Tiny Furniture

It’s a family affair: the (now) 24-year-old director Lena Dunham, her mother, and her younger sister play versions of themselves, and the primary location is the upscale Tribeca loft where they all actually live. The elements add up to an interpersonal chamber-piece that succeeds as well as it does thanks to the unabashed intimacy it has with its own diminutive subject matter. Call it a mumblecore mumblepiece.

The action begins when Aura (Dunham) returns from college with a degree in film theory and the existential lack of self-worth that a diploma of that type confers. Her mother (Laurie Simmons), a successful artist whose work involves photographing the miniature items to which the film owes its name, is a rock of emotional support and liberal open-mindedness. You get the sense that Aura could hide in her room for the rest of her life without anyone bothering to check in on her.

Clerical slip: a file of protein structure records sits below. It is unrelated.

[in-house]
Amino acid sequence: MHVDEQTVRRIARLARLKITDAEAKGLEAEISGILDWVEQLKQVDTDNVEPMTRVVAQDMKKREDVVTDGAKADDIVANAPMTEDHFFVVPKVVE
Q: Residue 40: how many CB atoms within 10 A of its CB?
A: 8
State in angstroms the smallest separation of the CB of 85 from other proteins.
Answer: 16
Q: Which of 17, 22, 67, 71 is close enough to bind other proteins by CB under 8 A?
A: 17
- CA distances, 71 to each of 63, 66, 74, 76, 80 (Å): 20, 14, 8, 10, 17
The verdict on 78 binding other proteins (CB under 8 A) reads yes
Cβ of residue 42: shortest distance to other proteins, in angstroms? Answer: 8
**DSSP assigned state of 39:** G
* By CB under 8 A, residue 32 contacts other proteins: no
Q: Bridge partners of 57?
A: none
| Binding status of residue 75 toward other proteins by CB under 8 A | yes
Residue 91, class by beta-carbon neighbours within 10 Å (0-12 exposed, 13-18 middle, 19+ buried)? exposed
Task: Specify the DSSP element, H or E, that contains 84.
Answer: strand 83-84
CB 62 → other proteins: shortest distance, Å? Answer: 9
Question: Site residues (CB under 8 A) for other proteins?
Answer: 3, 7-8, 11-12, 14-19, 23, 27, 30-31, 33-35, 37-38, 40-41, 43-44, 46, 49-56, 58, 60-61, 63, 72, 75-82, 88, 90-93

Aura finds an unrewarding job, meets two distinct examples of superficial boy-men, and has numerous conversations with anyone within range about what it means to be a young, not-exactly-beautiful adult entering an often cruel world. The emphasis on conceptual “tininess” and the fragility of feelings makes for a surprising surfeit of comedy. Dunham, also in recovery from post-graduation syndrome, is doing well, and currently in negotiations with Judd Apatow and Scott Rudin.